Modeling the height of young forests regenerating from recent disturbances in Mississippi using Landsat and ICESat data
Many forestry and earth science applications require spatially detailed forest height data sets. Among the various remote sensing technologies, lidar offers the most potential for obtaining reliable height measurement. However, existing and planned spaceborne lidar systems do not have the capability to produce spatially contiguous, fine resolution forest height maps over large areas. This paper describes a Landsat–lidar fusion approach for modeling the height of young forests by integrating historical Landsat observations with lidar data acquired by the Geoscience Laser Altimeter System (GLAS) instrument onboard the Ice, Cloud, and land Elevation (ICESat) satellite. In this approach, “young” forests refer to forests reestablished following recent disturbances mapped using Landsat time-series stacks (LTSS) and a vegetation change tracker (VCT) algorithm. The GLAS lidar data is used to retrieve forest height at sample locations represented by the footprints of the lidar data. These samples are used to establish relationships between lidar-based forest height measurements and LTSS–VCT disturbance products. The height of “young” forest is then mapped based on the derived relationships and the LTSS–VCT disturbance products. This approach was developed and tested over the state of Mississippi. Of the various models evaluated, a regression tree model predicting forest height from age since disturbance and three cumulative indices produced by the LTSS–VCT method yielded the lowest cross validation error. The R2 and root mean square difference (RMSD) between predicted and GLAS-based height measurements were 0.91 and 1.97 m, respectively. Predictions of this model had much higher errors than indicated by cross validation analysis when evaluated using field plot data collected through the Forest Inventory and Analysis Program of USDA Forest Service. Much of these errors were due to a lack of separation between stand clearing and non-stand clearing disturbances in current LTSS–VCT products and difficulty in deriving reliable forest height measurements using GLAS samples when terrain relief was present within their footprints. In addition, a systematic underestimation of about 5 m by the developed model was also observed, half of which could be explained by forest growth that occurred between field measurement year and model target year. The remaining difference suggests that tree height measurements derived using waveform lidar data could be significantly underestimated, especially for young pine forests. Options for improving the height modeling approach developed in this study were discussed.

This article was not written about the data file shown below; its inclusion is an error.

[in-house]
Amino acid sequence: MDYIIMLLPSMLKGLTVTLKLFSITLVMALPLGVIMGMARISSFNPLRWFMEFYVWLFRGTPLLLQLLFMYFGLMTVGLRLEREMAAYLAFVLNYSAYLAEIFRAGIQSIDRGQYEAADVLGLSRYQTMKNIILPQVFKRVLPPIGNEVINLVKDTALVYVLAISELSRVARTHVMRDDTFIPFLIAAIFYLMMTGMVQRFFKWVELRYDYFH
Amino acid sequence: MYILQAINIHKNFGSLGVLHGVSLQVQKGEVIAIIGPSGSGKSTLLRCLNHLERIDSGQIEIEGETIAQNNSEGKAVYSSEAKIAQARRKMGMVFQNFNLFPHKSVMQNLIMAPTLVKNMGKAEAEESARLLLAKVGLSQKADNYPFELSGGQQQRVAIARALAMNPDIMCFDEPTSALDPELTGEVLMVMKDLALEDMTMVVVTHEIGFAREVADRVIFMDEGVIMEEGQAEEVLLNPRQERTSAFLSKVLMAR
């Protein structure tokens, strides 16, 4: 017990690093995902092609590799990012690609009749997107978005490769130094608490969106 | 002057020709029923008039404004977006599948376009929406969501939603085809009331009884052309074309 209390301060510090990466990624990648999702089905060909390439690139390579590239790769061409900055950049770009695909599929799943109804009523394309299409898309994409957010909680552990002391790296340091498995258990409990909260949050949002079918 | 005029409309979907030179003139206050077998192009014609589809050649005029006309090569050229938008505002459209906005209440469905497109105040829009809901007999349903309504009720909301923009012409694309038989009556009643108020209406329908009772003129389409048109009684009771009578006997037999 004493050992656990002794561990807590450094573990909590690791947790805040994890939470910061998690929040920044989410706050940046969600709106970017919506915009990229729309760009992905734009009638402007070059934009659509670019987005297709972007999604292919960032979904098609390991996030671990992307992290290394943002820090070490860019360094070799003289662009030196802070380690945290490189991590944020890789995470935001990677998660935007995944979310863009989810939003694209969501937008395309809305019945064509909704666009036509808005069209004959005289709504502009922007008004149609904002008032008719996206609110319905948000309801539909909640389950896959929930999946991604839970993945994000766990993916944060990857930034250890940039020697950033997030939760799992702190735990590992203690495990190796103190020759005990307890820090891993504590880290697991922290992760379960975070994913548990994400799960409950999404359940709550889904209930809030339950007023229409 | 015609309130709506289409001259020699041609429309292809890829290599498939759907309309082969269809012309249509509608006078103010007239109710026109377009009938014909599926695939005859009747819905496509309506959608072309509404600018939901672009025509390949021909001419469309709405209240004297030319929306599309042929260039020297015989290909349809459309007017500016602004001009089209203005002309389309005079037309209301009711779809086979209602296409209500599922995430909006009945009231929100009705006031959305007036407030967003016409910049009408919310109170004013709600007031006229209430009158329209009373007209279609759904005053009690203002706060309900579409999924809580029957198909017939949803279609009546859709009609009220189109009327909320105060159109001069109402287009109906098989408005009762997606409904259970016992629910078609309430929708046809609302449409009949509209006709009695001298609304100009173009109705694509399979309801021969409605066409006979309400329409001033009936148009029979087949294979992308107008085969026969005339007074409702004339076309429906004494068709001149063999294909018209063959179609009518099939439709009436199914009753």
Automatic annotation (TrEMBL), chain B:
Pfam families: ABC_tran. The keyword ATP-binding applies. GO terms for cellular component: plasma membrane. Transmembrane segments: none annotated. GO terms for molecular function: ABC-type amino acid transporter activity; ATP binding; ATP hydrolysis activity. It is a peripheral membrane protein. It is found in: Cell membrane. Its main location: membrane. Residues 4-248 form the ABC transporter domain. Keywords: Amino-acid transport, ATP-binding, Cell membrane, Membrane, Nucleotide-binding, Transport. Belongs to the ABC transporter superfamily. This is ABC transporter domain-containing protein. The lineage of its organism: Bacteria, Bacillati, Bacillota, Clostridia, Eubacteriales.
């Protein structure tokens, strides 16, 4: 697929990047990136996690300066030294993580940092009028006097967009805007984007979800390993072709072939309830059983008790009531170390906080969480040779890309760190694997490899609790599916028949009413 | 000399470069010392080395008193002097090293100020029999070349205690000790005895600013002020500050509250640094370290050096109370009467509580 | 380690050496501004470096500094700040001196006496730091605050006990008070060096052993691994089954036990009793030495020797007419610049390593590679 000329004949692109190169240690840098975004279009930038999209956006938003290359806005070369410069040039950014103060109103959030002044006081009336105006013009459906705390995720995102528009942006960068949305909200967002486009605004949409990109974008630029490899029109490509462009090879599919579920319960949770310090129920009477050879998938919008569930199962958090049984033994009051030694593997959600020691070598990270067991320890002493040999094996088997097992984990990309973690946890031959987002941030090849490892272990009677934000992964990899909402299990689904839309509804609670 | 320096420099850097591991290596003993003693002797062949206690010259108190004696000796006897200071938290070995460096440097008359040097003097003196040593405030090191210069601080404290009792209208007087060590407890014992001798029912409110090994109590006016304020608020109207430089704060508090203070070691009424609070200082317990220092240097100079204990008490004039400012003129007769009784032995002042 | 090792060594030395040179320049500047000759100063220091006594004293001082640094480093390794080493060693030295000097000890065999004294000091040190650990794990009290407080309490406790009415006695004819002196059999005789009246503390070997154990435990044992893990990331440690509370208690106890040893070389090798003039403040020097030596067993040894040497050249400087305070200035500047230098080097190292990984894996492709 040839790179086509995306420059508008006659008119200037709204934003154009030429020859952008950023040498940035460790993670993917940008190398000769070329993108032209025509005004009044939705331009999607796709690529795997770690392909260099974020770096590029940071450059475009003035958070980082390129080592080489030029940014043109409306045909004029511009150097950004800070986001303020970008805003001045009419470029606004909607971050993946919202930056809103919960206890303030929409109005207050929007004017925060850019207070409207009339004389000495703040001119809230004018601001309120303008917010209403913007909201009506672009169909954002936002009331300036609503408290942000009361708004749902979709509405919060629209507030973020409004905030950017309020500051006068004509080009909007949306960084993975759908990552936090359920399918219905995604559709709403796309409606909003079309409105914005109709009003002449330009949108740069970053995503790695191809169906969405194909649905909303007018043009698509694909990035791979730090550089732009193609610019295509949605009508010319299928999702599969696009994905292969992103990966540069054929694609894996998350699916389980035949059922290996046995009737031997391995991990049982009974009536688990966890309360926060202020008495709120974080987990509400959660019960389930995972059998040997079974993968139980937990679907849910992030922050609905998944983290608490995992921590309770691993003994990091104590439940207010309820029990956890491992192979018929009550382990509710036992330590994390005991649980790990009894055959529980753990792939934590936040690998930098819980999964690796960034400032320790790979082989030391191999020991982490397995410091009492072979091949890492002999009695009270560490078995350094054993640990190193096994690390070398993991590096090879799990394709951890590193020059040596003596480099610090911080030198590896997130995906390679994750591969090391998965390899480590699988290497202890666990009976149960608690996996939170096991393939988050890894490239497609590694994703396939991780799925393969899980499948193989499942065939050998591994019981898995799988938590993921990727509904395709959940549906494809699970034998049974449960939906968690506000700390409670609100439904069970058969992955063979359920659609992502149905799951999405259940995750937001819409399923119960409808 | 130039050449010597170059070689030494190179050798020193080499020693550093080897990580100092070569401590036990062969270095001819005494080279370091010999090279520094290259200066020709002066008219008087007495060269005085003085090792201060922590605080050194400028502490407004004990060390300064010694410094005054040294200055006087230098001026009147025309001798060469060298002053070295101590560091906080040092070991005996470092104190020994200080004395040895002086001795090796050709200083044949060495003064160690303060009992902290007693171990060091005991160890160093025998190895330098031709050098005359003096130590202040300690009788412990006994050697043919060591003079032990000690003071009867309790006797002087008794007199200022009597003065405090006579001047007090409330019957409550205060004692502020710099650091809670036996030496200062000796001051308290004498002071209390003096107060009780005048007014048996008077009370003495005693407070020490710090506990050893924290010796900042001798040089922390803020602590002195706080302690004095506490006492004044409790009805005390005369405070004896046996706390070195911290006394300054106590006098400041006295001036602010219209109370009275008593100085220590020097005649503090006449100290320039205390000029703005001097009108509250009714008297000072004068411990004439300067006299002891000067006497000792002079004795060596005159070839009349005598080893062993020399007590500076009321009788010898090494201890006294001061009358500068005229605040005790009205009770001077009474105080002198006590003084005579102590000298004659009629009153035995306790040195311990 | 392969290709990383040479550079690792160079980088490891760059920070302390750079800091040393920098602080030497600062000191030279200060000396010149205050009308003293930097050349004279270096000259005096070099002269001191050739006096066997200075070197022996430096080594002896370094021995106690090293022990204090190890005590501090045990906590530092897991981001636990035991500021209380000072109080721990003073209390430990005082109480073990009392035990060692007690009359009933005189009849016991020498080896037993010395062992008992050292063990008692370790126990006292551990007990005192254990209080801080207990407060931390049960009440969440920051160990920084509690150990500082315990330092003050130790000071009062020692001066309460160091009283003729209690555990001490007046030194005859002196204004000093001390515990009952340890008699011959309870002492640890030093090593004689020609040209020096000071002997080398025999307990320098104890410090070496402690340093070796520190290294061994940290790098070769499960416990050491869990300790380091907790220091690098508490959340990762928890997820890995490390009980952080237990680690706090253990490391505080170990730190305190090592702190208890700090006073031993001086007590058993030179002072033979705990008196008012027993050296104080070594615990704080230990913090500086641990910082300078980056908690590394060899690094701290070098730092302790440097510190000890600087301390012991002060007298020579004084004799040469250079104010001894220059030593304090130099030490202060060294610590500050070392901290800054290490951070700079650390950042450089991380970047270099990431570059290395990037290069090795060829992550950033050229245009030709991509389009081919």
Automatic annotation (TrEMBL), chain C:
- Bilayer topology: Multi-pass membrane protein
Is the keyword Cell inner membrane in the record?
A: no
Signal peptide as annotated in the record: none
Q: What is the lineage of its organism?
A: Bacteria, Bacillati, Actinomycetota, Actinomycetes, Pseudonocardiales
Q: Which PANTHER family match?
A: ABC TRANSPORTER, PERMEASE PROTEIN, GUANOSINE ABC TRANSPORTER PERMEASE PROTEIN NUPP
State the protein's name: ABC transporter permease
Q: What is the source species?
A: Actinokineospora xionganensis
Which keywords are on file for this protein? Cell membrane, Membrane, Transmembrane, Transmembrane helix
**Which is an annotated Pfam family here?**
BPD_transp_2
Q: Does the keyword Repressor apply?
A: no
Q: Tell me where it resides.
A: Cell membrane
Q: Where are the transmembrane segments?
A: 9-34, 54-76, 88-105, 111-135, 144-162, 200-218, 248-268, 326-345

|Publication Subtype||Journal Article|
|Title||Modeling the height of young forests regenerating from recent disturbances in Mississippi using Landsat and ICESat data|
|Series title||Remote Sensing of Environment|
|Contributing office(s)||Earth Resources Observation and Science (EROS) Center|
|Google Analytic Metrics||Metrics page|